Share this post


Link to post
Share on other sites

Might take a while for the PGCA to reply to your email, but you should hear from them eventually.

 

You might want to contact Kirk Merrington in Kerrville, TX. Kirk does excellent work and is very knowledgeable about damascus barrels. http://www.kirkmerrington.net

 

I've had him work on a couple of my Parkers with great results, he's also a nice guy.

 

GIT

Share this post


Link to post
Share on other sites

If $$ is not an issue, you could always have Briley make a set of titanium tubes. These are temporary inserts and reduce the gage to 12 or 16. They are commonly used in skeet guns. The titanium is tougher than most modern steels and much stronger than the original damascus. I expect the costs would run in the $500-1000 range.

Original '66s are rimfire only. Shooter grade guns can be found for $4000 and up, but the .44 rimfire ammo is very rare and costly. If I could find one, I would have a new bolt/firing pin made in centerfire (not converting the existing bolt) and shoot .44 Russians (BP only) in the gun.

Original '73s can be found in shooter grade for $1250 and up. They are great guns but should not be run at full speed. Very good gun can be found for $1750 and up if in .32 WCF or .38 WCF. Guns in .44 WCF bring more money.

Original '92s are even better bargains and work much better than replicas. The gun was designed to cyce bottleneck cartridges; the straight-wall cartrtidges are a challenge, even though I still like to shoot them.

First gen Colt start around $1500 for refinished guns and $2500 for no-finish guns.

I did this but gave up on the Colts. The Colts have been shot since they were made and were in poor condition. The rifles were often put away since more powerful cartridges like the .30-30 and .30-06 were so much better for hunting. I have found very good deals on Winchesters so far and enjoy shooting them at monthly matches.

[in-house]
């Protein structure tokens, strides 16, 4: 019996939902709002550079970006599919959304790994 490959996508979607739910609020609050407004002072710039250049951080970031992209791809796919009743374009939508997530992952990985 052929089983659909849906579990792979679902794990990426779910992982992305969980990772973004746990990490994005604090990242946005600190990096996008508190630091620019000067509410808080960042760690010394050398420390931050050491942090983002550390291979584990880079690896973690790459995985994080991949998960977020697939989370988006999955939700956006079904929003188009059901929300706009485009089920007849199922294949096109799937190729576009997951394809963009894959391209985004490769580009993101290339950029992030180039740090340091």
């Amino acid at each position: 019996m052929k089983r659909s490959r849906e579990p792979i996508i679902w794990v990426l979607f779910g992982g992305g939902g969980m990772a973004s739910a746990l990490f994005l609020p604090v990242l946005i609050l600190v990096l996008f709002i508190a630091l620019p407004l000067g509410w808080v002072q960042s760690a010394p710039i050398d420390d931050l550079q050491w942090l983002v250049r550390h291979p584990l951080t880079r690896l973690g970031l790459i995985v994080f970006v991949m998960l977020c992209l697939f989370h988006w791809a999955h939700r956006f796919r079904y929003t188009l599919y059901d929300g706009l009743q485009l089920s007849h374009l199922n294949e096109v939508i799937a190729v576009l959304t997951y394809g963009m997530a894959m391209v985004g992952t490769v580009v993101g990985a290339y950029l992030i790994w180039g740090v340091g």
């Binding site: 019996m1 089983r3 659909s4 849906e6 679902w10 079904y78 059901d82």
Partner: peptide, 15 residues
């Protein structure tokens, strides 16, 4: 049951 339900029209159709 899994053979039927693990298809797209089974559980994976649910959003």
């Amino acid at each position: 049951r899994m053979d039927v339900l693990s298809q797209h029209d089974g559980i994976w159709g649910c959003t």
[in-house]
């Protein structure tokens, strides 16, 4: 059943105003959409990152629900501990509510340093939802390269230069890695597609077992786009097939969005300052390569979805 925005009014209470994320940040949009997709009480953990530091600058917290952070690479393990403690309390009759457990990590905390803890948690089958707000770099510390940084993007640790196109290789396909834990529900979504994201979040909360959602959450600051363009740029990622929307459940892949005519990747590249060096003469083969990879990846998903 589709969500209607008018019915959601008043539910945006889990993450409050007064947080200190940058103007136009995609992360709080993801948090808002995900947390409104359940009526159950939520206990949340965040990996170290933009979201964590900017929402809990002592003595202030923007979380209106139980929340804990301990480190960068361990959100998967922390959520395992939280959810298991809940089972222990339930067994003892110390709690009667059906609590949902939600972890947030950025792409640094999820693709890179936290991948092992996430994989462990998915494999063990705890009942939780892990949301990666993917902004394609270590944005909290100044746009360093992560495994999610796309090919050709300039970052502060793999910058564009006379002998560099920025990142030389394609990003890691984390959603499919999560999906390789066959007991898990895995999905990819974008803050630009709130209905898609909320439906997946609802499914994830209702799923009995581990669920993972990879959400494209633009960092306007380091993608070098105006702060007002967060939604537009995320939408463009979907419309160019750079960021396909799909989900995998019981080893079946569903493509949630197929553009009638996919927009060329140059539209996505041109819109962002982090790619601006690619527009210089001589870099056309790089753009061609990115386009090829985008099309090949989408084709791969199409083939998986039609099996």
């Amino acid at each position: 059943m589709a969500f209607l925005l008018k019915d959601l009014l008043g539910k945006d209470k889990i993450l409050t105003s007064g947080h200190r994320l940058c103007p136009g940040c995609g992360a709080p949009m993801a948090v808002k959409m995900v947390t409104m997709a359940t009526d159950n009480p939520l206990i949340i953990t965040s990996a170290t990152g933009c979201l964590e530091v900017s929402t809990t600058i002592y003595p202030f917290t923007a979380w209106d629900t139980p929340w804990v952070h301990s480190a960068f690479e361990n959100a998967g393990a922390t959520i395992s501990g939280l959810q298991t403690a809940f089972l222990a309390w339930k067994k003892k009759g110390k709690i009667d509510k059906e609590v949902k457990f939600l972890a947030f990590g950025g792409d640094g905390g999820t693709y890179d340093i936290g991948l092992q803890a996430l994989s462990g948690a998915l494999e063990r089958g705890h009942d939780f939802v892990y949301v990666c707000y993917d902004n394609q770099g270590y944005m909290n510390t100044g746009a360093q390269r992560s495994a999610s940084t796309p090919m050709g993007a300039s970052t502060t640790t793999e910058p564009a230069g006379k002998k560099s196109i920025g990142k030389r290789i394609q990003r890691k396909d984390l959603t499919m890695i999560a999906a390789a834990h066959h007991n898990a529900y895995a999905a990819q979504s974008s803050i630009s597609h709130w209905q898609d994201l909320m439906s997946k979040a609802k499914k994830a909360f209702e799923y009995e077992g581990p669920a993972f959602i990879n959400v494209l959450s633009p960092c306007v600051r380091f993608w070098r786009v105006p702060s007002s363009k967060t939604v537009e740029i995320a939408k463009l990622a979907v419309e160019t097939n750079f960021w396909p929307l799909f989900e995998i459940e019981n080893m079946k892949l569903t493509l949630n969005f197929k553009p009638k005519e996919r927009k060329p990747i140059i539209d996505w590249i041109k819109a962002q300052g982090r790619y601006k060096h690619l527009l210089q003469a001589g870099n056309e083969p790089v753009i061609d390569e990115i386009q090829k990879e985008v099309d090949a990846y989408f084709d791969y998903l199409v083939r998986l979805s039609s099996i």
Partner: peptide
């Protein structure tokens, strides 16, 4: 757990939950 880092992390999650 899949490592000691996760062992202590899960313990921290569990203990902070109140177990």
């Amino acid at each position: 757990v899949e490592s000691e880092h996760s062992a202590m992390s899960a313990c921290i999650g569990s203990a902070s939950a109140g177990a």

This is a fun part of shooting cowboy that most shooters miss out on. I am okay with that. If more weekend cowboys were looking for these guns, it would drive up the prices.

Share this post


Link to post
Share on other sites

If $$ is not an issue, you could always have Briley make a set of titanium tubes. These are temporary inserts and reduce the gage to 12 or 16. They are commonly used in skeet guns. The titanium is tougher than most modern steels and much stronger than the original damascus. I expect the costs would run in the $500-1000 range.

Original '66s are rimfire only. Shooter grade guns can be found for $4000 and up, but the .44 rimfire ammo is very rare and costly. If I could find one, I would have a new bolt/firing pin made in centerfire (not converting the existing bolt) and shoot .44 Russians (BP only) in the gun.

Original '73s can be found in shooter grade for $1250 and up. They are great guns but should not be run at full speed. Very good gun can be found for $1750 and up if in .32 WCF or .38 WCF. Guns in .44 WCF bring more money.

Original '92s are even better bargains and work much better than replicas. The gun was designed to cyce bottleneck cartridges; the straight-wall cartrtidges are a challenge, even though I still like to shoot them.

First gen Colt start around $1500 for refinished guns and $2500 for no-finish guns.

I did this but gave up on the Colts. The Colts have been shot since they were made and were in poor condition. The rifles were often put away since more powerful cartridges like the .30-30 and .30-06 were so much better for hunting. I have found very good deals on Winchesters so far and enjoy shooting them at monthly matches.

This is a fun part of shooting cowboy that most shooters miss out on. I am okay with that. If more weekend cowboys were looking for these guns, it would drive up the prices.

 

Tom Bullweed,

 

Thank you for the information. I think I’ll stay with my Rugers and 38 Spc. 66. I may have to try the 10ga. once or twice just to get in touch a with gun that is 130 years old-that’s 60 years older I am.

 

Zach.

Share this post


Link to post
Share on other sites

×
×
  • Create New...

Important Information

By using this site, you agree to our Terms of Use.